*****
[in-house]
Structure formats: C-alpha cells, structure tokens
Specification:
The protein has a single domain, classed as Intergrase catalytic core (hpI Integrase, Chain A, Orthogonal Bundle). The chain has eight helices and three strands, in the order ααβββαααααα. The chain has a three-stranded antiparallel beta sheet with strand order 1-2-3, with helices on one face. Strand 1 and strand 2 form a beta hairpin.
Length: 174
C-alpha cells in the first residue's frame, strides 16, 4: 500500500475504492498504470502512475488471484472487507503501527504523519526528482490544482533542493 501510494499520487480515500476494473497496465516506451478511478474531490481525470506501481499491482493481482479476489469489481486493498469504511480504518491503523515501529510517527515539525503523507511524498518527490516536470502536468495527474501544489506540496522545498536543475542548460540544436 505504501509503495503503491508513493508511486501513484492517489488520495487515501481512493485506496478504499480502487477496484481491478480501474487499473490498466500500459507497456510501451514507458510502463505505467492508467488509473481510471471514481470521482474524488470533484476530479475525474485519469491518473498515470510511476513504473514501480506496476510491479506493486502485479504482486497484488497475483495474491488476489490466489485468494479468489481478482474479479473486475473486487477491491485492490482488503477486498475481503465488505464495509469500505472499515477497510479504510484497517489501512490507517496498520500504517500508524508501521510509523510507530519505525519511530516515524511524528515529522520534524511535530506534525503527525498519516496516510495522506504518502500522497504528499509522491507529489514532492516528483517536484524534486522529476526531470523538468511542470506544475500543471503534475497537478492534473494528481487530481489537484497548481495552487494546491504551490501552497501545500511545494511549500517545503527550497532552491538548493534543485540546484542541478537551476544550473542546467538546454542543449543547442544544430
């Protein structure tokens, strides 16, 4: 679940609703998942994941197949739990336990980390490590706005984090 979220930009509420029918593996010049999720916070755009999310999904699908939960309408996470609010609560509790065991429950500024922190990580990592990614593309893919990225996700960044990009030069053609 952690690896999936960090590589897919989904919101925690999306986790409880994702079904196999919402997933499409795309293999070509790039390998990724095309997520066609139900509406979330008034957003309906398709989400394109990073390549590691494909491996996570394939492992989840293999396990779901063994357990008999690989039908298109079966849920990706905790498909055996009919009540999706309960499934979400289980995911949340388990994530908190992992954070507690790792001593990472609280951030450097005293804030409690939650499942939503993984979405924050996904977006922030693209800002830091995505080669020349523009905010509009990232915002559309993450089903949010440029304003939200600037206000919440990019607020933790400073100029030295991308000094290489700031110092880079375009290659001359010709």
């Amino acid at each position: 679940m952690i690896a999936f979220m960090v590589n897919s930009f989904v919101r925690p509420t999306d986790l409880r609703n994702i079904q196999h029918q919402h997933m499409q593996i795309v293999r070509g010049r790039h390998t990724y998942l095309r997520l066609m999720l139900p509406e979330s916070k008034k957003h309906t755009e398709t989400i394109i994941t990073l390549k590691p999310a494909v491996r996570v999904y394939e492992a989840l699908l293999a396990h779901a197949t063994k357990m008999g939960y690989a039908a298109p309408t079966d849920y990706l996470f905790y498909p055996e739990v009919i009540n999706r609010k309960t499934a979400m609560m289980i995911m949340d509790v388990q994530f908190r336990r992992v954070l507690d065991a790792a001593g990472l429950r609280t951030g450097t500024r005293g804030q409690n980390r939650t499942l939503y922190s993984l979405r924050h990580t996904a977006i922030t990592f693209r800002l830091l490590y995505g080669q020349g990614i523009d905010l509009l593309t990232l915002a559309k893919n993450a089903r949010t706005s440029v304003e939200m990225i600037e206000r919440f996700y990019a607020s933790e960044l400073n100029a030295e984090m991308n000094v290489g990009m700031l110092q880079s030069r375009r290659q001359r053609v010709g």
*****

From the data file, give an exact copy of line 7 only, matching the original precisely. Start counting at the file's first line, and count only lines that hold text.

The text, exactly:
């Protein structure tokens, strides 16, 4: 679940609703998942994941197949739990336990980390490590706005984090 979220930009509420029918593996010049999720916070755009999310999904699908939960309408996470609010609560509790065991429950500024922190990580990592990614593309893919990225996700960044990009030069053609 952690690896999936960090590589897919989904919101925690999306986790409880994702079904196999919402997933499409795309293999070509790039390998990724095309997520066609139900509406979330008034957003309906398709989400394109990073390549590691494909491996996570394939492992989840293999396990779901063994357990008999690989039908298109079966849920990706905790498909055996009919009540999706309960499934979400289980995911949340388990994530908190992992954070507690790792001593990472609280951030450097005293804030409690939650499942939503993984979405924050996904977006922030693209800002830091995505080669020349523009905010509009990232915002559309993450089903949010440029304003939200600037206000919440990019607020933790400073100029030295991308000094290489700031110092880079375009290659001359010709």